Outgoing Waves Generated by a Pulsating Source

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This Demonstration simulates the movement of "atoms" vibrating around a pulsating source. These might, for example, represent radial longitudinal oscillations of sound waves. The source oscillates sinusoidally at a chosen frequency and then movement of the seven circles of atoms follows the pulsation of the blue ball with an increasing phase delay. During one cycle, the pulsation occurs at a chosen frequency (1 to 10 cycles/sec) with increasing and decreasing sinusoidal amplitude. The volume of the blue ball and the position of the outer atoms may be read on the upper graph.

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It is also possible to change the inertia of the medium by increasing the mass of the atoms; this changes the phase of the seven gray circles. The upper graph shows the relationship between inertia and phase. If the phase delay is slight, the frequencies of all the vibrating atoms remain essentially unchanged.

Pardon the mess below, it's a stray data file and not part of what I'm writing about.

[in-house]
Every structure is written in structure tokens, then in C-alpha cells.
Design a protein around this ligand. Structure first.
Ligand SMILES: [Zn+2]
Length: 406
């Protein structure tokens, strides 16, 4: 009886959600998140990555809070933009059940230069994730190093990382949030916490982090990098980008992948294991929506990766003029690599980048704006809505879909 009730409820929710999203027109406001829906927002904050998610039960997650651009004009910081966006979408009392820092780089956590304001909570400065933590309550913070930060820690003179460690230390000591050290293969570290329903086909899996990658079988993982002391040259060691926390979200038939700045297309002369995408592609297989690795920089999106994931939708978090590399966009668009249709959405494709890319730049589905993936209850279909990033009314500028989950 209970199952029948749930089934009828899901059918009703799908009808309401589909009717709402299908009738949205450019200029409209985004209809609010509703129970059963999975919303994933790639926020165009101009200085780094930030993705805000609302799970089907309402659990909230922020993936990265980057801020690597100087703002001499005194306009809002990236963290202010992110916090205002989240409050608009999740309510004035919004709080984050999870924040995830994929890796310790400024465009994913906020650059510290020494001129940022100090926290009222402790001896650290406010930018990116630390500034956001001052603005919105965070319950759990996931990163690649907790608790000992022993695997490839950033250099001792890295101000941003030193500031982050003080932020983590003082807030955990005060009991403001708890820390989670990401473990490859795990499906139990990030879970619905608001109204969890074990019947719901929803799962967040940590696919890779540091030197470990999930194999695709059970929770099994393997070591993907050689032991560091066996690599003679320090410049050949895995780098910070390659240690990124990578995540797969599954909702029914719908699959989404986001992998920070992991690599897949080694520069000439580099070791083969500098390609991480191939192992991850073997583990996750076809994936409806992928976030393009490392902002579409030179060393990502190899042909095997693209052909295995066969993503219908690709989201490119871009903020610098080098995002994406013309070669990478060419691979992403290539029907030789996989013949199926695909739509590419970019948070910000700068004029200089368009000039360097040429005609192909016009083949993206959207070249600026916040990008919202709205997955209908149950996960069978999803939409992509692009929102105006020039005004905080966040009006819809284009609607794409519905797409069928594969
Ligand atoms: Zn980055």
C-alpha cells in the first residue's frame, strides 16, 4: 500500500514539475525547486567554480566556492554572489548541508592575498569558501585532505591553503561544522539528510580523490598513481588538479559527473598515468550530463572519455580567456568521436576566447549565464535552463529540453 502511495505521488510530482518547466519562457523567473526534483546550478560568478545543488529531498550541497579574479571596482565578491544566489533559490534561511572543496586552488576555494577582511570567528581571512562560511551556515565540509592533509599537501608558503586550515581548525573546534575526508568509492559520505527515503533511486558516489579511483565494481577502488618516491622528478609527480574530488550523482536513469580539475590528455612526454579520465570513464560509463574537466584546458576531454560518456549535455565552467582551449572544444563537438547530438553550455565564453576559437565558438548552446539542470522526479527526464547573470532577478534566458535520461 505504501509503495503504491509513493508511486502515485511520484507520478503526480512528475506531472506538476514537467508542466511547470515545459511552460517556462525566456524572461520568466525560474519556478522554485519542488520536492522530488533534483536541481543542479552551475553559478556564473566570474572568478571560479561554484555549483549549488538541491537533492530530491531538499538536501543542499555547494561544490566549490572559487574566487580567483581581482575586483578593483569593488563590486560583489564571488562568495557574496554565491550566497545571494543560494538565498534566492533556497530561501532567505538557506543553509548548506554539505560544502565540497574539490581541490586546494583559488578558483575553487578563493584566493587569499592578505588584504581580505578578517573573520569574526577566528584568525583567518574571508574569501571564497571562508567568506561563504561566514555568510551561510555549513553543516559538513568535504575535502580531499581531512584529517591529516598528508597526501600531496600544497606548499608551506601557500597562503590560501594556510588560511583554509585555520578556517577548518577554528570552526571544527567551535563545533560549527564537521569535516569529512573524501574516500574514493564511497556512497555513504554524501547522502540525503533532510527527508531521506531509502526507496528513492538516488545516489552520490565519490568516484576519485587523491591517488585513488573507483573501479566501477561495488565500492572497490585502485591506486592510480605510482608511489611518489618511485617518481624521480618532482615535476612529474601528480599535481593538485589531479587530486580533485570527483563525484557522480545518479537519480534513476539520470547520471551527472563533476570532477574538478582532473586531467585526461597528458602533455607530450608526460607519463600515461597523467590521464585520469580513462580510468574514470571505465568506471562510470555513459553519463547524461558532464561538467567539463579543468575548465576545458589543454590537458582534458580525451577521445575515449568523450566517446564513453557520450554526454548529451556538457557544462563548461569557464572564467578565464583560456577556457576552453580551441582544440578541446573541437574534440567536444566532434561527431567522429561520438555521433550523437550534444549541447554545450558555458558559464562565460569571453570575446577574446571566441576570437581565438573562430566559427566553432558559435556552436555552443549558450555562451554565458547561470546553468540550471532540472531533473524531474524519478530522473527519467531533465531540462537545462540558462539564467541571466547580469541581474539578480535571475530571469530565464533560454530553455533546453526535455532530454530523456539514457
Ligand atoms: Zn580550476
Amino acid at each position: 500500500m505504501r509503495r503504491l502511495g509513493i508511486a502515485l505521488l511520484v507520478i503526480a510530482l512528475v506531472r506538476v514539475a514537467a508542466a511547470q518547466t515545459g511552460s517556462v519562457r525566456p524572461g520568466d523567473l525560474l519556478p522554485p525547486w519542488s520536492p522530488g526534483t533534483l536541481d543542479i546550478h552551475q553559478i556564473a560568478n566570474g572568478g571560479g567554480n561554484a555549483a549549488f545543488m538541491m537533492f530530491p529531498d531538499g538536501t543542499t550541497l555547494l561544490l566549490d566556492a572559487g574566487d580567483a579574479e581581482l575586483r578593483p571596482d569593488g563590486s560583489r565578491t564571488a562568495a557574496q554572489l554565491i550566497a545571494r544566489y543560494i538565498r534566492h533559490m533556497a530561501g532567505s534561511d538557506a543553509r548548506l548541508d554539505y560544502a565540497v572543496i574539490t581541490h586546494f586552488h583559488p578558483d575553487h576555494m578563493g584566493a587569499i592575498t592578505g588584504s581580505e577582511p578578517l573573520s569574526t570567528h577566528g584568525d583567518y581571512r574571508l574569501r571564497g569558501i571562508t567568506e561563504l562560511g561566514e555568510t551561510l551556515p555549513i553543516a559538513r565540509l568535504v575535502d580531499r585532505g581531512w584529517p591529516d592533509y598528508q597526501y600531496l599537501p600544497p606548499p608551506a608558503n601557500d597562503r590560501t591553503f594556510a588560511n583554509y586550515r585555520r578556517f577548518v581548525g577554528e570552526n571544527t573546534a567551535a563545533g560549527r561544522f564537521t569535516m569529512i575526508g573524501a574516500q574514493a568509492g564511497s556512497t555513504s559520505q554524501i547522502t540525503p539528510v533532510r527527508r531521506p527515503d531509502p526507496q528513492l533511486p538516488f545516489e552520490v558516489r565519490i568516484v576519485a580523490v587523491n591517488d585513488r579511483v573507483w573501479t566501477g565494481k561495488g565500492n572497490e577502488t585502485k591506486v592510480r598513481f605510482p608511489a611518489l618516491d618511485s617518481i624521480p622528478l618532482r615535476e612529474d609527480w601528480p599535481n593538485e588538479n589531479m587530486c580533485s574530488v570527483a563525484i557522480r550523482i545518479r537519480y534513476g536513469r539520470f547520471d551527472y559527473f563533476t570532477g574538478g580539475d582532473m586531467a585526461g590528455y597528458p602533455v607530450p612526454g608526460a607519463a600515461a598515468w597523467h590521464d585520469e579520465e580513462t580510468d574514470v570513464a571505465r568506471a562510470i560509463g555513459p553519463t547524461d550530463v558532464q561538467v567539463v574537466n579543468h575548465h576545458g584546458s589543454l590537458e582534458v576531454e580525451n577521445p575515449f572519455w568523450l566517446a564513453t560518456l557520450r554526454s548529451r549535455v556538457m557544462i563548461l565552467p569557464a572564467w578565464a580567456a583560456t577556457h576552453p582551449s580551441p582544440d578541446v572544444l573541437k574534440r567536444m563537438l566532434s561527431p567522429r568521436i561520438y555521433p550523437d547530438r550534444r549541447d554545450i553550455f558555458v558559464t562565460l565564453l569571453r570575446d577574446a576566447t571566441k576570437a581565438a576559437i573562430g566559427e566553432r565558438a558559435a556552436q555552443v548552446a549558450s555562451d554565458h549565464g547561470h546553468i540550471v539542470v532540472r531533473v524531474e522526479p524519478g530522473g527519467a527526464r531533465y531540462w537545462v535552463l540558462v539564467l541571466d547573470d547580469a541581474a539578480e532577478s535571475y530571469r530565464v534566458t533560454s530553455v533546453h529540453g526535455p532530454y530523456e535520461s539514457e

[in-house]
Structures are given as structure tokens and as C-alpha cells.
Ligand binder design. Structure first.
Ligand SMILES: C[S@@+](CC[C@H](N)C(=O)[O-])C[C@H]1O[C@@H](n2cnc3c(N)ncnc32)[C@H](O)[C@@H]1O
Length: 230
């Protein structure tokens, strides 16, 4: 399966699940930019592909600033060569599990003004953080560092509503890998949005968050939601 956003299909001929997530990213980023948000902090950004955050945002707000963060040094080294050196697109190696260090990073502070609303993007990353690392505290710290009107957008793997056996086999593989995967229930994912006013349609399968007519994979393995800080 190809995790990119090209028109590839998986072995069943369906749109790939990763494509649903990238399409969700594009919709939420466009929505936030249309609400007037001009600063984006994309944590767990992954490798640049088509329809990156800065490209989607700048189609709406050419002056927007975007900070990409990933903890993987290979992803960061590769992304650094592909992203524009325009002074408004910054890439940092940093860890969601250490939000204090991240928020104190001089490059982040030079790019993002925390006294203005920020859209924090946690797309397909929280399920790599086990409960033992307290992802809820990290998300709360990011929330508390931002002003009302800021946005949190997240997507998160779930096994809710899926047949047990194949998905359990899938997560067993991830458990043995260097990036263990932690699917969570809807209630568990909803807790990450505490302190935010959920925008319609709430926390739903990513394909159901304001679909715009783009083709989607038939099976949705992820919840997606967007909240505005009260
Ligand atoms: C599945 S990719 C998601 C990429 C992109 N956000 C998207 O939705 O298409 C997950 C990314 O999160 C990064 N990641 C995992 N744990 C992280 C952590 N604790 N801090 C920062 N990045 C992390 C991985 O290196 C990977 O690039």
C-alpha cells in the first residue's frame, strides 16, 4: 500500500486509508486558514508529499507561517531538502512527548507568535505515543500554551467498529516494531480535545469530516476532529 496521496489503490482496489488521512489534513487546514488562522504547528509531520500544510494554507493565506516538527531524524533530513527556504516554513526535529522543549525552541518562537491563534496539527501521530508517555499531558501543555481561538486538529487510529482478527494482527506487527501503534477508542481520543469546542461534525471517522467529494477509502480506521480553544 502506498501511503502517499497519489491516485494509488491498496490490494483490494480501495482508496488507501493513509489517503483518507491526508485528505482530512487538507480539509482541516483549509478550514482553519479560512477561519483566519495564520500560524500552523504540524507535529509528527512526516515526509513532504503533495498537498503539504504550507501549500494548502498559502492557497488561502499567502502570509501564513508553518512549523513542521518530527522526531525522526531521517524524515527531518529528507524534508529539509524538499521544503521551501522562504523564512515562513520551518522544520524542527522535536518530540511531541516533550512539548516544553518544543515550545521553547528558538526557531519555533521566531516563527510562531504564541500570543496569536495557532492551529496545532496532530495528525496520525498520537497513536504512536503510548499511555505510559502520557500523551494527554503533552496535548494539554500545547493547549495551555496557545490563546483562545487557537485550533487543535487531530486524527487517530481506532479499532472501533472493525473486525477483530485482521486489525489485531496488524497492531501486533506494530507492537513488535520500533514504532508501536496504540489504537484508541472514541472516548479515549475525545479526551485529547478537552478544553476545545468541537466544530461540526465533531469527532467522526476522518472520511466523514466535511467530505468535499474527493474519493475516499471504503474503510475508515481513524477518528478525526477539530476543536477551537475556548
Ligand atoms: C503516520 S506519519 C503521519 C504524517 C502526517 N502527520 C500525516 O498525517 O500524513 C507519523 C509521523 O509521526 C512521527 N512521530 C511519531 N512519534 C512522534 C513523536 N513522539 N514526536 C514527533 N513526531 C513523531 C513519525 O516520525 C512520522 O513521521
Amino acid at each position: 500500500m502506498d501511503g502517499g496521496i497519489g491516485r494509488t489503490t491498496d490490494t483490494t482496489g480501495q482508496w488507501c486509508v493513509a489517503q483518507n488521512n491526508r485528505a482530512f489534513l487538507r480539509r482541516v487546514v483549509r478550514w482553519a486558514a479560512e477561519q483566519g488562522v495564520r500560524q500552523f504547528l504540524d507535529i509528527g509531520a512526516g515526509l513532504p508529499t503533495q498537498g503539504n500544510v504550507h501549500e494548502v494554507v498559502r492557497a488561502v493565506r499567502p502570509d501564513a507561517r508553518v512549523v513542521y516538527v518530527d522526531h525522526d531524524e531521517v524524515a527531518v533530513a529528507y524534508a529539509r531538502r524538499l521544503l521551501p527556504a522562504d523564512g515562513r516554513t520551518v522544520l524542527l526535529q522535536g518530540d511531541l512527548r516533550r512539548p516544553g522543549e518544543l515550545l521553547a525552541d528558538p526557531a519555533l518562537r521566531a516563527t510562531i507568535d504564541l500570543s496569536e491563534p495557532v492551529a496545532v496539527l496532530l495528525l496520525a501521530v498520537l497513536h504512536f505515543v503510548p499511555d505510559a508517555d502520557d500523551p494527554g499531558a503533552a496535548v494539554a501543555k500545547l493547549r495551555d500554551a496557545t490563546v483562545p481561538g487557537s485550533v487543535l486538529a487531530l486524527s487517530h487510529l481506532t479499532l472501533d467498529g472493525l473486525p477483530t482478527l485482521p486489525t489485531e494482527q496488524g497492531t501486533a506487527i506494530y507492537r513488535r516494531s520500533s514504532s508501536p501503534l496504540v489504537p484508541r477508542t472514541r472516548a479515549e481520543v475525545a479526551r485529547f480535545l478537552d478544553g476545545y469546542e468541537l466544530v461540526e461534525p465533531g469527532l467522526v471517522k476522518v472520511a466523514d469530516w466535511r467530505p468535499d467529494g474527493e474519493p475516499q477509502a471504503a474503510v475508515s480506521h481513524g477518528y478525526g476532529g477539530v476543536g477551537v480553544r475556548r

Their amplitudes may change if the damping factor is increased. The extreme right position of the slider results in zero amplitude (no movement at all) of the outer ring.

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Contributed by: Arthur Stammet (March 2011)
Open content licensed under CC BY-NC-SA


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